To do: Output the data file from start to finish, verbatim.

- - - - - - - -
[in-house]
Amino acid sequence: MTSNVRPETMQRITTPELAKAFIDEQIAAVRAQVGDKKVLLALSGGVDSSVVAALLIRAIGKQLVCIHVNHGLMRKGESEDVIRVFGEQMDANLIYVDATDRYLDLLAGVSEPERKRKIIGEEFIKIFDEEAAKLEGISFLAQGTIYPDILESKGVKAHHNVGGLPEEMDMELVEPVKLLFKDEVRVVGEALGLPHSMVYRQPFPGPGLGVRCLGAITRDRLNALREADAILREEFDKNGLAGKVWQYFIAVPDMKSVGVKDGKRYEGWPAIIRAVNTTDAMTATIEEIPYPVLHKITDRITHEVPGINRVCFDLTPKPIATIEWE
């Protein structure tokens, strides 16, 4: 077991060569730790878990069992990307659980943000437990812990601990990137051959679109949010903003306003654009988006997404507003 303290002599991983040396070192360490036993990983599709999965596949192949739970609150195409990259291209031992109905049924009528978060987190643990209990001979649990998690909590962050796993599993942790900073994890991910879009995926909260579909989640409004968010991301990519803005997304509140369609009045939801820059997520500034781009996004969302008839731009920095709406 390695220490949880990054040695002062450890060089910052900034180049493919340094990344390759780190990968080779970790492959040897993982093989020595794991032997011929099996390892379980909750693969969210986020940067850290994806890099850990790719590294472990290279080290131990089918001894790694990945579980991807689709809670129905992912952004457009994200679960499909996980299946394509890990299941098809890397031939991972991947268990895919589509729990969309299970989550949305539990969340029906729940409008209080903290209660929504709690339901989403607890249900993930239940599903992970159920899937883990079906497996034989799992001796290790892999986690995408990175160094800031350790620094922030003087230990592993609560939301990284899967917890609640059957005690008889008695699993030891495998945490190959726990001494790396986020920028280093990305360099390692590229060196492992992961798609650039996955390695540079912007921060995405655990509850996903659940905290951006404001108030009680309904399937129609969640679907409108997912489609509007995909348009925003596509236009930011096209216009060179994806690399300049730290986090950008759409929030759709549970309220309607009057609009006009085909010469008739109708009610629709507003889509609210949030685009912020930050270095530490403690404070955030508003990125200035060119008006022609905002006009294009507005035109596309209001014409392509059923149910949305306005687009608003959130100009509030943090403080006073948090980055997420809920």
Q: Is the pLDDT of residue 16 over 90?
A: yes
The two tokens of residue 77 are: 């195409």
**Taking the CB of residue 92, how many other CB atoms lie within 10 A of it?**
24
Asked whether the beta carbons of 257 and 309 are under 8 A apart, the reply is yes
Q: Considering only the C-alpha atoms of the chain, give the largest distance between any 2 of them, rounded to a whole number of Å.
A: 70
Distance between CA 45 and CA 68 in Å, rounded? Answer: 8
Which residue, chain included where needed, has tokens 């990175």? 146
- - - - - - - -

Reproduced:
[in-house]
Amino acid sequence: MTSNVRPETMQRITTPELAKAFIDEQIAAVRAQVGDKKVLLALSGGVDSSVVAALLIRAIGKQLVCIHVNHGLMRKGESEDVIRVFGEQMDANLIYVDATDRYLDLLAGVSEPERKRKIIGEEFIKIFDEEAAKLEGISFLAQGTIYPDILESKGVKAHHNVGGLPEEMDMELVEPVKLLFKDEVRVVGEALGLPHSMVYRQPFPGPGLGVRCLGAITRDRLNALREADAILREEFDKNGLAGKVWQYFIAVPDMKSVGVKDGKRYEGWPAIIRAVNTTDAMTATIEEIPYPVLHKITDRITHEVPGINRVCFDLTPKPIATIEWE
């Protein structure tokens, strides 16, 4: 077991060569730790878990069992990307659980943000437990812990601990990137051959679109949010903003306003654009988006997404507003 303290002599991983040396070192360490036993990983599709999965596949192949739970609150195409990259291209031992109905049924009528978060987190643990209990001979649990998690909590962050796993599993942790900073994890991910879009995926909260579909989640409004968010991301990519803005997304509140369609009045939801820059997520500034781009996004969302008839731009920095709406 390695220490949880990054040695002062450890060089910052900034180049493919340094990344390759780190990968080779970790492959040897993982093989020595794991032997011929099996390892379980909750693969969210986020940067850290994806890099850990790719590294472990290279080290131990089918001894790694990945579980991807689709809670129905992912952004457009994200679960499909996980299946394509890990299941098809890397031939991972991947268990895919589509729990969309299970989550949305539990969340029906729940409008209080903290209660929504709690339901989403607890249900993930239940599903992970159920899937883990079906497996034989799992001796290790892999986690995408990175160094800031350790620094922030003087230990592993609560939301990284899967917890609640059957005690008889008695699993030891495998945490190959726990001494790396986020920028280093990305360099390692590229060196492992992961798609650039996955390695540079912007921060995405655990509850996903659940905290951006404001108030009680309904399937129609969640679907409108997912489609509007995909348009925003596509236009930011096209216009060179994806690399300049730290986090950008759409929030759709549970309220309607009057609009006009085909010469008739109708009610629709507003889509609210949030685009912020930050270095530490403690404070955030508003990125200035060119008006022609905002006009294009507005035109596309209001014409392509059923149910949305306005687009608003959130100009509030943090403080006073948090980055997420809920």
Q: Is the pLDDT of residue 16 over 90?
A: yes
The two tokens of residue 77 are: 């195409």
**Taking the CB of residue 92, how many other CB atoms lie within 10 A of it?**
24
Asked whether the beta carbons of 257 and 309 are under 8 A apart, the reply is yes
Q: Considering only the C-alpha atoms of the chain, give the largest distance between any 2 of them, rounded to a whole number of Å.
A: 70
Distance between CA 45 and CA 68 in Å, rounded? Answer: 8
Which residue, chain included where needed, has tokens 């990175």? 146